InfraRed ENvironmental Imaging (IRENI) Facility at the Synchrotron Radiation Center (SRC)
The SRC and Carol Hirschmugl (UW-Milwaukee) have designed, constructed and commissioned a new mid-infrared beamline (IRENI). This new facility provides the opportunity to obtain chemical images with diffraction-limited (or better) resolution in minutes.
From the earliest experiments with optical microscopes, researchers have examined the appearance of microbes and other microscopic plants and animals. Beyond the visual appearance of these structures, knowledge of their chemical makeup would provide great insight into how these sub-cellular structures function in a living cell. Moreover, tracking the changes in their chemical makeup would allow scientists to understand the organism's response to changing environmental conditions. The development of a chemically sensitive infrared microscope with multiple, parallel detection channels will greatly expand the ability to examine such biological structures and to track their changes over minutes.
Why this instrument is important:The development of this chemically sensitive infrared microscope will greatly expand the ability to examine such biological structures, and to track changes over minutes, a revolution in synchrotron-enabled science. This microscope is available for the entire SRC user community across a wide array of disciplines (e.g. soft matter condensed physics, nanoscience, biology, chemistry, veterinary science, engineering, environmental science and geology). In the case of Hirschmugl's own work, initial research projects will include examining kinetics of living cells (phytoplankton), fungi and bacteria-mineral interactions—studies that may provide insights into applications including biodiesel or even pharmaceuticals.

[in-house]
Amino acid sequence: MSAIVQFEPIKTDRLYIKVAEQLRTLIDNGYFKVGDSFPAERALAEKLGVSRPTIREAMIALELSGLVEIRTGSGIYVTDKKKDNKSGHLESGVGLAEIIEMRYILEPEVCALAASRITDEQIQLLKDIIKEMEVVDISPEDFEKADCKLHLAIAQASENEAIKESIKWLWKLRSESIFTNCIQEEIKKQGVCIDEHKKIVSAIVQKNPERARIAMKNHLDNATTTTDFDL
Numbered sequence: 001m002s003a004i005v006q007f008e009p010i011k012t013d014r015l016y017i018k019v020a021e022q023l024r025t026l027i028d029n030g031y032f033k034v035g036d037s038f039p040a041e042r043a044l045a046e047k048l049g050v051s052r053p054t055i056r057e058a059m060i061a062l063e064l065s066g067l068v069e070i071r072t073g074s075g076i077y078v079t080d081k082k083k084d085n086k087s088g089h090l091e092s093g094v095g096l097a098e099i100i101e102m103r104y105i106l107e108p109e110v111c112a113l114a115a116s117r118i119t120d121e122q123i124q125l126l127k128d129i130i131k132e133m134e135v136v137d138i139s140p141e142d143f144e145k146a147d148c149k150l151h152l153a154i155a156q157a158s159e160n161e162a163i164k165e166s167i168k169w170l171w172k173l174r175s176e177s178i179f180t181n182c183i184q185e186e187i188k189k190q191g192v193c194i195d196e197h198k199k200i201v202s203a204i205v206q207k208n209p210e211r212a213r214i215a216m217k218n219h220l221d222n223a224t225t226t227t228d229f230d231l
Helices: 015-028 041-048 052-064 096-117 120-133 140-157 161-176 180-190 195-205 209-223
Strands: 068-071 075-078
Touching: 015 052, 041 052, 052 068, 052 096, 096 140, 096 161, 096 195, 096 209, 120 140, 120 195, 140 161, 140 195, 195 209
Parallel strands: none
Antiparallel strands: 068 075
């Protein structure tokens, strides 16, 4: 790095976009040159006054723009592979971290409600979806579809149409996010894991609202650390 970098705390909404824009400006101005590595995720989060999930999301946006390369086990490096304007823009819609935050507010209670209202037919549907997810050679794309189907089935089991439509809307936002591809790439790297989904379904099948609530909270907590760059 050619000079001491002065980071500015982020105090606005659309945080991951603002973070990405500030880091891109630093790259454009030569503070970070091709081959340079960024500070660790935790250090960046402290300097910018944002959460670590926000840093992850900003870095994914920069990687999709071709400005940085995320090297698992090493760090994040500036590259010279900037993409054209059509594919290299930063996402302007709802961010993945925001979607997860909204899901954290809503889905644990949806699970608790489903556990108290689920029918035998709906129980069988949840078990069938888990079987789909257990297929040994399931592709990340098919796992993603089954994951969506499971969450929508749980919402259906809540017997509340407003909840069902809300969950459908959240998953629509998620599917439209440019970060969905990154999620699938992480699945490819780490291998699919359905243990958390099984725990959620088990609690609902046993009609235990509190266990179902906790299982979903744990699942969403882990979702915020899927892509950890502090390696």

Technical Details: This facility will extract 320 hor. × 25 vert. mrads2 to homogeneously illuminate a commercial IR microscope equipped with an infrared Focal Plane Array detector. The swath of radiation from the SRC is extracted as 12 beams and recombined into a 3 × 4 bundle of beams that is refocused onto a sample plane of an infrared microscope illuminating 40 × 60 micron2 sample area. This new facility will provide the opportunity to obtain chemical images with diffraction-limited (or better) resolution in minutes.
SRC Users' Meeting Abstract
Infrared Environmental Imaging (IRENI): First Light, Michael Nasse et Al, 2008 SRC Users' Meeting, October 26-27, 2008
IRENI (Infrared Environmental Imaging) Beamline: First Light and Commissioning, August 13, 2008
Synchrotron Radiation News
An article about IRENI appeared In the November/December 2008 issue of Synchrotron Radiation News. IRENI was showcased on the front cover of that issue.
(click on image for high resolution image)
Caption: The photo shows part of a MRI funded facility designed by the Synchrotron Radiation Center (SRC, UW-Madison) and Carol Hirschmugl (UW-Milwaukee) and constructed at the SRC. Synchrotron radiation (light emitted from electrons traveling close to the speed of light) illuminates twenty four mirrors for IRENI (InfraRed ENvironmental Imaging). The mirrors are designed to collect the swath of visible and infrared radiation from the synchrotron and recombine it into a collimated bundle of twelve beams. The collimated bundle of beams is then used with a commercial infrared microscope equipped with a CCD-like infrared camera, which allows, high-resolution (about 1 micron) chemical images of living biological samples in minutes.